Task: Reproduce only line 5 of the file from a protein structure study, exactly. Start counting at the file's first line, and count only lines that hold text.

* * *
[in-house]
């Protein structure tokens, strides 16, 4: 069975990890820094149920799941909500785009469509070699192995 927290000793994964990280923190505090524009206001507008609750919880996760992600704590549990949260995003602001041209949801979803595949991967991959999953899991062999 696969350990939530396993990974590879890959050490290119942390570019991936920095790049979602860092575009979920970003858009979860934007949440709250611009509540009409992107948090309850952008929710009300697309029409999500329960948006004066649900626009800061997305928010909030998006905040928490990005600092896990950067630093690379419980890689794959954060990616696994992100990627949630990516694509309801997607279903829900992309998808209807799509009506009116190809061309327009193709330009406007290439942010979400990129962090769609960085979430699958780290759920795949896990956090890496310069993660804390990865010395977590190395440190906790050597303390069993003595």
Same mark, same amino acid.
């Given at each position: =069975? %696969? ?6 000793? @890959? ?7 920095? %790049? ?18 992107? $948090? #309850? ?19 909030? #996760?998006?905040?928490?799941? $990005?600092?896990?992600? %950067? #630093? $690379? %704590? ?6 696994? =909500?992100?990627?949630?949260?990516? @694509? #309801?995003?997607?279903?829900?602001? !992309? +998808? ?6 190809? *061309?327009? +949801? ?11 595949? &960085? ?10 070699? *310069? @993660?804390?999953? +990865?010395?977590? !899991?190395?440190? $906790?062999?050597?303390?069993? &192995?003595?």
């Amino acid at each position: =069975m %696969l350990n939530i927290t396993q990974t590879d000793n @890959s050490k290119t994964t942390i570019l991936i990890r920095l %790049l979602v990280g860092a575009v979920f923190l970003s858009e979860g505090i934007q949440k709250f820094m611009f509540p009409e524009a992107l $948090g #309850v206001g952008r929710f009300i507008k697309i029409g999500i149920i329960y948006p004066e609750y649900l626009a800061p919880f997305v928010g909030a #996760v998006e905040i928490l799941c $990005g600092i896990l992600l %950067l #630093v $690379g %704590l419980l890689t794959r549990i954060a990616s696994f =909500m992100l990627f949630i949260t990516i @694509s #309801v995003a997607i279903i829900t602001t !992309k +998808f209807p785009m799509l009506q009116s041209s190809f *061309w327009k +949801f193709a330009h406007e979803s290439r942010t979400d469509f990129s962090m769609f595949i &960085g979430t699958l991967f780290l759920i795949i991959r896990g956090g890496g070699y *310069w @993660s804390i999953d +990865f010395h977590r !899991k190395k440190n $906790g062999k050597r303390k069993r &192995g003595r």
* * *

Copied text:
């Amino acid at each position: =069975m %696969l350990n939530i927290t396993q990974t590879d000793n @890959s050490k290119t994964t942390i570019l991936i990890r920095l %790049l979602v990280g860092a575009v979920f923190l970003s858009e979860g505090i934007q949440k709250f820094m611009f509540p009409e524009a992107l $948090g #309850v206001g952008r929710f009300i507008k697309i029409g999500i149920i329960y948006p004066e609750y649900l626009a800061p919880f997305v928010g909030a #996760v998006e905040i928490l799941c $990005g600092i896990l992600l %950067l #630093v $690379g %704590l419980l890689t794959r549990i954060a990616s696994f =909500m992100l990627f949630i949260t990516i @694509s #309801v995003a997607i279903i829900t602001t !992309k +998808f209807p785009m799509l009506q009116s041209s190809f *061309w327009k +949801f193709a330009h406007e979803s290439r942010t979400d469509f990129s962090m769609f595949i &960085g979430t699958l991967f780290l759920i795949i991959r896990g956090g890496g070699y *310069w @993660s804390i999953d +990865f010395h977590r !899991k190395k440190n $906790g062999k050597r303390k069993r &192995g003595r």